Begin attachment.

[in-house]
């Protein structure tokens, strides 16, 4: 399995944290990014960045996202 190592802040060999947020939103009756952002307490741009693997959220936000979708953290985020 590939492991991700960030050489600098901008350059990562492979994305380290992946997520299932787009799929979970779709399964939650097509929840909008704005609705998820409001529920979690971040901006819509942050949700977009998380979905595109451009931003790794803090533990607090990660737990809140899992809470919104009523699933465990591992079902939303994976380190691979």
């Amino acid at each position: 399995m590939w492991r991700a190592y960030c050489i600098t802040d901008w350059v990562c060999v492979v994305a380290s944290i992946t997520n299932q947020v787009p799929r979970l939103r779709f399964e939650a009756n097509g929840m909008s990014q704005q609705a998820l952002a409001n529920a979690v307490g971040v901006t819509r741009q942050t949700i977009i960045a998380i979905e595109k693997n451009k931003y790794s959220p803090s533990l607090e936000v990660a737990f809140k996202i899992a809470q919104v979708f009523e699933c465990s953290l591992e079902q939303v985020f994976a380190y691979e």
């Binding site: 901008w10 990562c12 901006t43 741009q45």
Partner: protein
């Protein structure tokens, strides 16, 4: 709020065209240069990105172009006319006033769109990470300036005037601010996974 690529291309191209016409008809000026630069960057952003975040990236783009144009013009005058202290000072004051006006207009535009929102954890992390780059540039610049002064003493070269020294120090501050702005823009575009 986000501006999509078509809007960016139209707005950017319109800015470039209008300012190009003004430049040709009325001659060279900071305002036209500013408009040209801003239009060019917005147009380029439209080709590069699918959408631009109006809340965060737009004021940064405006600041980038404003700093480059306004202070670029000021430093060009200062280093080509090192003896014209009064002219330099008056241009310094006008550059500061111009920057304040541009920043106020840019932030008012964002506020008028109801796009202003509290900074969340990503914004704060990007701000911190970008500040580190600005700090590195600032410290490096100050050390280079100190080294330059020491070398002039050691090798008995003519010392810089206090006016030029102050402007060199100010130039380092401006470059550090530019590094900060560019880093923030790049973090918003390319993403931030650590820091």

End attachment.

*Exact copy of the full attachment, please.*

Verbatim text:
[in-house]
């Protein structure tokens, strides 16, 4: 399995944290990014960045996202 190592802040060999947020939103009756952002307490741009693997959220936000979708953290985020 590939492991991700960030050489600098901008350059990562492979994305380290992946997520299932787009799929979970779709399964939650097509929840909008704005609705998820409001529920979690971040901006819509942050949700977009998380979905595109451009931003790794803090533990607090990660737990809140899992809470919104009523699933465990591992079902939303994976380190691979």
């Amino acid at each position: 399995m590939w492991r991700a190592y960030c050489i600098t802040d901008w350059v990562c060999v492979v994305a380290s944290i992946t997520n299932q947020v787009p799929r979970l939103r779709f399964e939650a009756n097509g929840m909008s990014q704005q609705a998820l952002a409001n529920a979690v307490g971040v901006t819509r741009q942050t949700i977009i960045a998380i979905e595109k693997n451009k931003y790794s959220p803090s533990l607090e936000v990660a737990f809140k996202i899992a809470q919104v979708f009523e699933c465990s953290l591992e079902q939303v985020f994976a380190y691979e």
């Binding site: 901008w10 990562c12 901006t43 741009q45």
Partner: protein
């Protein structure tokens, strides 16, 4: 709020065209240069990105172009006319006033769109990470300036005037601010996974 690529291309191209016409008809000026630069960057952003975040990236783009144009013009005058202290000072004051006006207009535009929102954890992390780059540039610049002064003493070269020294120090501050702005823009575009 986000501006999509078509809007960016139209707005950017319109800015470039209008300012190009003004430049040709009325001659060279900071305002036209500013408009040209801003239009060019917005147009380029439209080709590069699918959408631009109006809340965060737009004021940064405006600041980038404003700093480059306004202070670029000021430093060009200062280093080509090192003896014209009064002219330099008056241009310094006008550059500061111009920057304040541009920043106020840019932030008012964002506020008028109801796009202003509290900074969340990503914004704060990007701000911190970008500040580190600005700090590195600032410290490096100050050390280079100190080294330059020491070398002039050691090798008995003519010392810089206090006016030029102050402007060199100010130039380092401006470059550090530019590094900060560019880093923030790049973090918003390319993403931030650590820091």